American space agency NASA is seeking to develop a new orbital vehicle that will play a key role in retiring the International Space Station (ISS).
NASA on 20 September released an industry solicitation for a platform the agency is calling the US Deorbit Vehicle (USDV) – which will be used to safely return the ageing ISS to Earth.
“The primary objective of this contract is to procure a safe, reliable and cost-effective de-orbit vehicle to meet NASA’s ISS end-of-life de-orbit mission requirements,” NASA says.
Unlike mothballed aircraft, the ISS cannot be transported to warehouse or graveyard facility for long-term storage. When the orbiting laboratory reaches the end of its life, it will crash back to Earth – ideally along a planned trajectory.
“At the conclusion of the International Space Station programme, the station will be de-orbited in a controlled manner to avoid populated areas,” NASA notes.
The ISS, launched in 1998, is scheduled to be decommissioned at the end of this decade, with the USA, Canada, European Union and Japan committed to operating the ISS through 2030. Russia, a founding partner in the civil spaceflight endeavour – has committed to the ISS through 2028.
The station has been continuously occupied by astronauts since it launched 25 years ago. The technical lifetime of the ISS is limited by the primary physical structure, according to NASA. Dynamic loading from the repeated docking of spacecraft, and extreme temperature changes the station undergoes while in orbit, have contributed to degradation of the ISS structural components.
NASA says the coalition of international space agencies studied several options for safely returning the ISS to Earth and determined a new vehicle will be required.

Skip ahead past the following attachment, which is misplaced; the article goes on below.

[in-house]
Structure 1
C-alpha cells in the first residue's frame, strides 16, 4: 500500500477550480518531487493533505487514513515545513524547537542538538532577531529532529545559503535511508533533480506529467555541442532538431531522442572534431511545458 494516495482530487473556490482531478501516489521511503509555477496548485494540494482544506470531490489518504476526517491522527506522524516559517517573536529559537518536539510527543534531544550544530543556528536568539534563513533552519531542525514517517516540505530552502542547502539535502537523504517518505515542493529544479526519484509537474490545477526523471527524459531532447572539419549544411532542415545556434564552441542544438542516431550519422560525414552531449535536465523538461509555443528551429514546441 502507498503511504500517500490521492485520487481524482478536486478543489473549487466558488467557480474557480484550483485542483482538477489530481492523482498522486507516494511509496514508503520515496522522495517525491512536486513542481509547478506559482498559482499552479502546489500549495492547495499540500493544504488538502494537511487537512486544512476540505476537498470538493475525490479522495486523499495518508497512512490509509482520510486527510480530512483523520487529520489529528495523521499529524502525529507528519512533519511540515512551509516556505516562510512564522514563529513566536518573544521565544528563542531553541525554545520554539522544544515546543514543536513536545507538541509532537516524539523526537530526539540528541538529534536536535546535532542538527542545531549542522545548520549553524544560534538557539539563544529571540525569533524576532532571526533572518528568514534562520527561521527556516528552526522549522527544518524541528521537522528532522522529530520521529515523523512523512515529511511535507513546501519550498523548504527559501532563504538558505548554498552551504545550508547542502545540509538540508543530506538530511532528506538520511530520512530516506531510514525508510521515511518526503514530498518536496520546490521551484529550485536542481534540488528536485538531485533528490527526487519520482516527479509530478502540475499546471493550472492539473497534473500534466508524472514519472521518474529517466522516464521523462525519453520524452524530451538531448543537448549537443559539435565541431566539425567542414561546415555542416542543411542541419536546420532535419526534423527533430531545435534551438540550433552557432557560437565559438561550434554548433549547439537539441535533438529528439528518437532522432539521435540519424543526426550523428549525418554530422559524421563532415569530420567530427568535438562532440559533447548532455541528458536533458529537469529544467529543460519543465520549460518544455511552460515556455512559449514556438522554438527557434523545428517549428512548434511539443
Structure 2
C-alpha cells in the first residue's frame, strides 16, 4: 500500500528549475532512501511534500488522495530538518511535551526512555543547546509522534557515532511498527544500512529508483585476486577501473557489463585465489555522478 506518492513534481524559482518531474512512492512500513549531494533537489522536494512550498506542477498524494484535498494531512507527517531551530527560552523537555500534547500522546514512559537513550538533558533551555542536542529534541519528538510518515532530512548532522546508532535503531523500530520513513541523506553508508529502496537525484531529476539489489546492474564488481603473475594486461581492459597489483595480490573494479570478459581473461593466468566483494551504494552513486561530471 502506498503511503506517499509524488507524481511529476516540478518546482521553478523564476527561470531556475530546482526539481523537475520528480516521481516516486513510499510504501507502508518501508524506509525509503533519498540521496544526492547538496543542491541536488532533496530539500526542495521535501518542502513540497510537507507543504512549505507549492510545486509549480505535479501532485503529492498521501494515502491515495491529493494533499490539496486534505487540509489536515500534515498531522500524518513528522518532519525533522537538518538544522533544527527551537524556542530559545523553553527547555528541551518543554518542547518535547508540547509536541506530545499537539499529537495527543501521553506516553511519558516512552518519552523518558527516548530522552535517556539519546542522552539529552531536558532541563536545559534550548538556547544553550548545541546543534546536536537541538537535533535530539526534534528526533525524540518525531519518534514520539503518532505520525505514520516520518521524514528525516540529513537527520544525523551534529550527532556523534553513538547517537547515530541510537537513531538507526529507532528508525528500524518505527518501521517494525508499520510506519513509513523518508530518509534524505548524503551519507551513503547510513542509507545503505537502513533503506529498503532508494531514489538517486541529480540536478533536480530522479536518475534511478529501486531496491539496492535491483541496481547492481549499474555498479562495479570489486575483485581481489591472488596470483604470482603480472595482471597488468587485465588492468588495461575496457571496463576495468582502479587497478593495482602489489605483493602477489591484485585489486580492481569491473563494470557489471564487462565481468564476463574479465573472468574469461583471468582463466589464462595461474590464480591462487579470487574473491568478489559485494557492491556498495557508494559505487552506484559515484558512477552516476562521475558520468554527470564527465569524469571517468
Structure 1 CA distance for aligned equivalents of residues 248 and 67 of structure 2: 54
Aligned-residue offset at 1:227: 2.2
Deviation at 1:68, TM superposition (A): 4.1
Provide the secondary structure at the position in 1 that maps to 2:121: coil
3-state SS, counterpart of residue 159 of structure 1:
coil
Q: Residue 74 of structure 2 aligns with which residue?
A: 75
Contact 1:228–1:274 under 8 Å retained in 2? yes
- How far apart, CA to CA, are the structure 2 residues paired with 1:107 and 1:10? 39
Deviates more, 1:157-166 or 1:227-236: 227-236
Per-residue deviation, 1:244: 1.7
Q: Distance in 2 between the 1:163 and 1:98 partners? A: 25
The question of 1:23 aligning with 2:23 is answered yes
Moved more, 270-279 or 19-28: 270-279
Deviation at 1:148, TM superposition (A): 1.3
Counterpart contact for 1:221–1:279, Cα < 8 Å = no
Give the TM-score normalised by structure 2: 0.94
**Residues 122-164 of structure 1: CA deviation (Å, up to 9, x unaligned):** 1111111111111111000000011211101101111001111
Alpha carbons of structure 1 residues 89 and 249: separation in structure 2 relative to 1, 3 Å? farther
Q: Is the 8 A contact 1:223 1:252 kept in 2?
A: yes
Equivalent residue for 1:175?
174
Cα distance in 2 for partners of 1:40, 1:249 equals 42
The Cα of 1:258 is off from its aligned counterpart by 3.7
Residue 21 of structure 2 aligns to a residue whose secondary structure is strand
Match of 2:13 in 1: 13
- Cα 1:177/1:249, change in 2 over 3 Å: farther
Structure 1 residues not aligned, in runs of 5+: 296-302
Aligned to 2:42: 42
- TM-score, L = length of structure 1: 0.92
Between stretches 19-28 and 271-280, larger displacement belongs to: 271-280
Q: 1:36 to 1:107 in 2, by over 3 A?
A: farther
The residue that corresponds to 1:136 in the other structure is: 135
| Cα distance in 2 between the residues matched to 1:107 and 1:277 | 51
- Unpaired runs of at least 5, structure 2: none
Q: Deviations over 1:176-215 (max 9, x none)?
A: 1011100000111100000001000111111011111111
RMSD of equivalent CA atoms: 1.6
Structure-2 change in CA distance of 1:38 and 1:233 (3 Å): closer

Among other options considered was use of multiple Energia Progress uncrewed space vehicles from Russia or boosting the ISS into a so-called “graveyard orbit” farther away from Earth.
The USDV solicitation gives the US aerospace industry two months to submit proposed designs for such a platform. Prospective contractors will be required to design, develop, manufacture, test, integrate, deliver and sustain the new orbital vehicle.
“The USDV is focused on the final de-orbit activity,” NASA says.
“It will be a new spacecraft design or modification to an existing spacecraft that must function on its first flight and have sufficient redundancy and anomaly recovery capability to continue the critical de-orbit burn,” the agency adds.
As to how the theoretical USDV will accomplish its mission, NASA says the vehicle will “rendezvous and dock with the ISS, as well as perform ISS attitude control, ISS translational manoeuvres and the final ISS orbit shaping and re-entry burns”.
While the USDV solicitation does not specify a delivery date, NASA acknowledges the programme “will take years to develop, test and certify”.
Design proposals are due to the agency by 17 November. NASA says it will select a prime contractor for USDV using a “full and open” competition.